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Caputo (MEHT:141-143) – Heidegger e misticismo

quinta-feira 22 de setembro de 2022

    

The first of these consists in taking into account Heidegger  ’s occasional disclaimers that his thought is some form of mysticism (cf. SD, 57/ 53; 79/71). Even in SG [1] itself he says that his talk of the withdrawal of Being is not to be construed as a dark, “mystical” utterance (SG [GA10], 183). Heidegger’s strongest statement in this regard, and the one that appears to be the most damaging for the present study, is to be found in the Nietzsche   lectures, where he criticizes mysticism as “the mere antitype (Gegenbild) to metaphysics  ” (Nietzsche [GA6] II, 28). This appears to be an especially serious remark for the thesis   of this book. For if mysticism is the mere antitype to metaphysics, then it does not represent a model for the overcoming of metaphysics. Rather mysticism is itself caught up within metaphysics and represents the mere inverse of metaphysical coin. Heidegger appears then to be taking two different positions. On the one hand he criticizes mysticism as a form of irrationalism and obscurantism and as a flight from the sensible   world. But on the other hand, in SG [GA10], he suggests a positive parallel between the thinker and the mystic and lets a mystical poet be guide of the leap beyond Leibniz  ’s metaphysical principle. The solution to this dilemma is not hard to find. Heidegger writes of Silesius  ’s saying about the rose:

The whole saying is so astonishingly clearly and tightly constructed that one might come to the idea   that the most extreme sharpness and depth of thought belong to genuine and great mysticism. For that is also the truth. Meister Eckhart   proves it. (SG [GA10], 71)

In other words Heidegger is making a distinction between genuine, great mysticism (echte und grosse Mystik) and mysticism of the other sort. If mysticism means a flight from reality and the sensible world, if mysticism means irrationalism and an obscurantism which throws everything into confusion, then mysticism is devoutly to be avoided. Such mysticism clearly has nothing to do with thought. Like all irrationalism, it remains within the sphere of influence of the Principle of Ground. It continues to use propositions but it uses propositions arbitrarily and capriciously. In genuine mysticism, on the other hand, sentences are formulated “sharply” and they are “tightly constructed.” False mysticism does not give up “representations” but it prefers confusing and contradictory representations. Genuine and great mysticism does not make use of “representations” at all, but rather it lets the rose rise up in its simple presence, the way the rose ‘’is,’’ prior to the categories of representational thought.

Genuine and great mysticism participates in the sharpness and depth of thought itself. It is not irrationalistic (cf. FS [2], 352), but neither is it a matter of reason. Like thought itself, it is able to effect the step back out of reason and representations into a sphere which is simpler than that, which is prior to the distinction between reason and unreason. Great and genuine mysticism is neither metaphysics nor the mere antitype of metaphysics. And we have it on Heidegger’s own assurance that Meister Eckhart is to be numbered among the great mystics, and therefore, we take it, that Meister Eckhart’s mystical thought is, in Heidegger’s view, akin to thought itself. Our task in this chapter will be to show how this is so.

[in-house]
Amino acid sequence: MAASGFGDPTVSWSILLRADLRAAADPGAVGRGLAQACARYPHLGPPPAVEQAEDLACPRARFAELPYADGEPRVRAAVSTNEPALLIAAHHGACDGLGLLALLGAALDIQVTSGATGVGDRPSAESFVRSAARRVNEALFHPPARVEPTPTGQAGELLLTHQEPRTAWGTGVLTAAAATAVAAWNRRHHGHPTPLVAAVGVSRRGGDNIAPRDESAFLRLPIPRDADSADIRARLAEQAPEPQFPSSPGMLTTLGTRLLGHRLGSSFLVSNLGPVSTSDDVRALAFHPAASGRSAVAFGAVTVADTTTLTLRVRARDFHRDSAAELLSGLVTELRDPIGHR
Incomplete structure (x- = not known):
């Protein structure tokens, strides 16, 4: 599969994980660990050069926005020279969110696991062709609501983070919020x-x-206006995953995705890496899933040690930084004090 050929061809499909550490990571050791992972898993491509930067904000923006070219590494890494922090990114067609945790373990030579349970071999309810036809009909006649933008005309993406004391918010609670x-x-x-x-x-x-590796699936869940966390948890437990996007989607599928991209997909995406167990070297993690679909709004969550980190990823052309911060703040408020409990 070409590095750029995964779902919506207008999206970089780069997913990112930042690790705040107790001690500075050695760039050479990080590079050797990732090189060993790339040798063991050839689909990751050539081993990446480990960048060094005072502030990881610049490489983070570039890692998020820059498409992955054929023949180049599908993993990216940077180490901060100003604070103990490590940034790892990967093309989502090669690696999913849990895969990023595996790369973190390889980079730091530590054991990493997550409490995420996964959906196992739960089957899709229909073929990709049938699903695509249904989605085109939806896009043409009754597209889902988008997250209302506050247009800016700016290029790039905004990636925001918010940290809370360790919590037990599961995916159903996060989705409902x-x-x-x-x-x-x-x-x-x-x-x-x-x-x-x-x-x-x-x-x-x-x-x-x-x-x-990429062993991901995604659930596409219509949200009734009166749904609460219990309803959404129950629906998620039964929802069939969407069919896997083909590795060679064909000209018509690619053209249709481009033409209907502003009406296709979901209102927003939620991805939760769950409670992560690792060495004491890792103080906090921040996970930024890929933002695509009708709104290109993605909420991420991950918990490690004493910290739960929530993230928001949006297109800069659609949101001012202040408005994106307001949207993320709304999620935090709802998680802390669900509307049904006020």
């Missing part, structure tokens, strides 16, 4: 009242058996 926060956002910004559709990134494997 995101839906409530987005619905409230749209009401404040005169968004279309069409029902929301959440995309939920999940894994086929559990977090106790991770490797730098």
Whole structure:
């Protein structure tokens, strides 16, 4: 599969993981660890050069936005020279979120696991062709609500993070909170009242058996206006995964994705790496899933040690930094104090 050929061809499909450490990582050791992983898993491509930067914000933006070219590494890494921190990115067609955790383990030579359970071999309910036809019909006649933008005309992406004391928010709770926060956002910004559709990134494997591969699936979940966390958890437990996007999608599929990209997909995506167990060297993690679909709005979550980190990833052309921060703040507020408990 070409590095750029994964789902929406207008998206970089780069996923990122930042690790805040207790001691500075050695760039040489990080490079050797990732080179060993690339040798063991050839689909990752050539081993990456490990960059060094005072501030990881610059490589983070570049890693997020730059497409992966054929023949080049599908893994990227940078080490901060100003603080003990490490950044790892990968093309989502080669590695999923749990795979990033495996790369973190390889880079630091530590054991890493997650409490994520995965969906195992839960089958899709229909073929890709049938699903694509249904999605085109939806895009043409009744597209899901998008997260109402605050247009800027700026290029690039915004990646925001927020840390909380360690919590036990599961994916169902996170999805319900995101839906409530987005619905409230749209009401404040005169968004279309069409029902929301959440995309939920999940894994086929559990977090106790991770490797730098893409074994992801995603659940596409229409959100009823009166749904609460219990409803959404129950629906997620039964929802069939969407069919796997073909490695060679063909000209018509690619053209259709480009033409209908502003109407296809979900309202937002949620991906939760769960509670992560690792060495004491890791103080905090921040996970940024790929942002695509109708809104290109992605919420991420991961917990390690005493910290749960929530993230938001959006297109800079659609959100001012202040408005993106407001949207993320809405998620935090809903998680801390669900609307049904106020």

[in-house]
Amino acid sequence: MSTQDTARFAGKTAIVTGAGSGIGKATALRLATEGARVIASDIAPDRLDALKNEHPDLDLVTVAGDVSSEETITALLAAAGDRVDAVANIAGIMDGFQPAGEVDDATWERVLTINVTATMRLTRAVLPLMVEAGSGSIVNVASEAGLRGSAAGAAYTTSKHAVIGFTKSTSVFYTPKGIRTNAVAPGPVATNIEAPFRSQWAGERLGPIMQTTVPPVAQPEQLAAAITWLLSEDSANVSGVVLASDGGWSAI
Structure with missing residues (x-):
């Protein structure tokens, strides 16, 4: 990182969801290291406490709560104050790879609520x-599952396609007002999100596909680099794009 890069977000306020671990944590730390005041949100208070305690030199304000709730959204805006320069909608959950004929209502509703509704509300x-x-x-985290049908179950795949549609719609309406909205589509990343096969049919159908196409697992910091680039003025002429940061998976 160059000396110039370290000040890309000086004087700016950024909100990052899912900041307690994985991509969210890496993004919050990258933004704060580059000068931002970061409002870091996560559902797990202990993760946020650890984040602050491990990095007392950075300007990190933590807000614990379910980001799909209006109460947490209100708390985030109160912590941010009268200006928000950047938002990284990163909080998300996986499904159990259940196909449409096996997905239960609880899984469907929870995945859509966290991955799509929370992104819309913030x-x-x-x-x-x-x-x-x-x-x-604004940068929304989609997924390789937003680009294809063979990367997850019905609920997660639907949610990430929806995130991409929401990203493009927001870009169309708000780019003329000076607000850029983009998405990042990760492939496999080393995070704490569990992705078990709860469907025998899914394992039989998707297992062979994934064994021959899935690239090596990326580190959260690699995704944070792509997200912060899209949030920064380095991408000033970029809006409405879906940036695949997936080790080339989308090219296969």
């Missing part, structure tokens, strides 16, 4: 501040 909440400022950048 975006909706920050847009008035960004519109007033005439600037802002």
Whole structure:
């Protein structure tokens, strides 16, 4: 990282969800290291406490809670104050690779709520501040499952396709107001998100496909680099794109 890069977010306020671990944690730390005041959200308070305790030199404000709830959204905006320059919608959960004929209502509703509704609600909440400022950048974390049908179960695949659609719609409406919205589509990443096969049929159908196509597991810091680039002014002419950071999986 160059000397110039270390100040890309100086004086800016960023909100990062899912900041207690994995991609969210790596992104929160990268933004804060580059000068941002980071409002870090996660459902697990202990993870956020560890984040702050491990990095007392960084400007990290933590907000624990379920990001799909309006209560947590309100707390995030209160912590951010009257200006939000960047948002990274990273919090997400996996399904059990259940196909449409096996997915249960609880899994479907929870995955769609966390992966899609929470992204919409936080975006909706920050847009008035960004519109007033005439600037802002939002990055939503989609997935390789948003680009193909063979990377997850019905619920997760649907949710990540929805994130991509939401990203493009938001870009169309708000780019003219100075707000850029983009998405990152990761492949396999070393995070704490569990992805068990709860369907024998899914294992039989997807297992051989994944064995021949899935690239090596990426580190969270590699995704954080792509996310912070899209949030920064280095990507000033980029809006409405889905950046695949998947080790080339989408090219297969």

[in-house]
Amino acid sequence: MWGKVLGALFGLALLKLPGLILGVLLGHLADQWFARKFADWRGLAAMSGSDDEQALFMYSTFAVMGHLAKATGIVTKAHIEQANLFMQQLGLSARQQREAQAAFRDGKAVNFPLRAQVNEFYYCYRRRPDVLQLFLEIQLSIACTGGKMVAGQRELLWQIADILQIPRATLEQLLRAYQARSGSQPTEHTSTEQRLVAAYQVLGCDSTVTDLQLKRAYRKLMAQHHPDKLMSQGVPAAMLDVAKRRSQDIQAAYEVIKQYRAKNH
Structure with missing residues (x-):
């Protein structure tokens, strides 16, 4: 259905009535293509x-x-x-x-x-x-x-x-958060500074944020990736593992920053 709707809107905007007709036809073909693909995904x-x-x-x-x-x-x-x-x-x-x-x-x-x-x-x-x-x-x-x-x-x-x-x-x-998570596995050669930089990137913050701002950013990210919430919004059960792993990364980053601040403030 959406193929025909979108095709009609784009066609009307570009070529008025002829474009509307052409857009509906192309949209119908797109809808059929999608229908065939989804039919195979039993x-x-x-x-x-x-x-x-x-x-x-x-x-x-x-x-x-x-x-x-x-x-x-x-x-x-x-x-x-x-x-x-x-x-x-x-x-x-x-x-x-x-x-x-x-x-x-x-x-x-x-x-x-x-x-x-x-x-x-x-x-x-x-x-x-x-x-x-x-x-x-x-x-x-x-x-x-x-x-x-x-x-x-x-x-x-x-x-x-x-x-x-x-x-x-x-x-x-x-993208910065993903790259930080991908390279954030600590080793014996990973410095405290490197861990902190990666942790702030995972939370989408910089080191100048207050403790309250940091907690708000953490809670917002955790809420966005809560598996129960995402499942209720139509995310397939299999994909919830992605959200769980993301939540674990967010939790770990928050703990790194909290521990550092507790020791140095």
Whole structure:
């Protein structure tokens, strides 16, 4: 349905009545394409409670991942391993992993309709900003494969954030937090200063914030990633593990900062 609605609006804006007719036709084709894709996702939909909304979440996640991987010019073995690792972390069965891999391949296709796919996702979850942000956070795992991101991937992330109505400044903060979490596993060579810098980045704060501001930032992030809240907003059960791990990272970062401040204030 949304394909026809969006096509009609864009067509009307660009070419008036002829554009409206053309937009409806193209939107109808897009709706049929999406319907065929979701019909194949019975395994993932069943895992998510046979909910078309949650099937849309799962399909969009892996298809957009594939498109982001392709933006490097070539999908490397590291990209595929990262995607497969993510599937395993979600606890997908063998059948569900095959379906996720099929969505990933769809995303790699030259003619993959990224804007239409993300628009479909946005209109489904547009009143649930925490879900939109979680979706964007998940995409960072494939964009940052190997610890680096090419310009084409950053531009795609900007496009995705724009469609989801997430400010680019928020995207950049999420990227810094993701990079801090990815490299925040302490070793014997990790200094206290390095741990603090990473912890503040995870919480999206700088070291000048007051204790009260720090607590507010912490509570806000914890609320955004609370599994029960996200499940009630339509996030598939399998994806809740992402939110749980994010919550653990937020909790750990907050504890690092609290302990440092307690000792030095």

We might add one further point in this connection. Heidegger’s assurance that Eckhart’s mysticism shares in the sharpness and closeknittedness of thought itself appears to betoken a growing appreciation on his part of the significance of Meister Eckhart’s mysticism. For in his most well   known reference to Eckhartin the Discourse on Thinking (G [3], 35-6/61-2) Heidegger’s allusion to “Gelassenheit” in Eckhart is tempered by the criticism that for Eckhart “Gelassenheit” still belongs to the realm of willing, and so to metaphysics. Now I will show below that this criticism of Eckhart is unfounded. One can hardly say that the naked unity of the ground of the soul   with the ground of God  , a union which represents the utter dissolution of the relationship between “God” and “creature,” cause and effect, above and below, yonder and hither, belongs to the realm of metaphysics. But be that as it may, what is more important is that there is no hint of criticism in Heidegger’s treatment of the mystical poet Angelus Silesius or in the reference he makes to Meister Eckhart in SG [GA10]. In fact the whole tone of the work exhibits a certain reverence towards the mystic and mystic poet. Now one must recall that the discourse on “Gelassenheit” was composed in 1944-45, some twelve years before SG [GA10]. And it seems to me that in SG [GA10] Heidegger’s attitude towards Eckhart had become somewhat more appreciative, that he had come to realize more keenly the inner likeness of his thought to Meister Eckhart. We should remember too that in 1944 Heidegger had only recently completed the critique of Nietzsche and of the metaphysics of the will, and that he might therefore have been inclined to find the spectre of willing everywhere in the Western tradition  , even where willing had been overcome, as I believe is the case with Meister Eckhart.


Ver online : Martin Heidegger


[1GA10 Der Satz vom Grund. 3. Auflage. Pfullingen: Verlag Günther Neske, 1965.

[2GA1 Frühe Schriften. Frankfurt: Vittorio Klostermann, 1972.

[3GA13 Gelassenheit. 2. Auflage. Pfullingen: Verlag Günther Neske, 1960.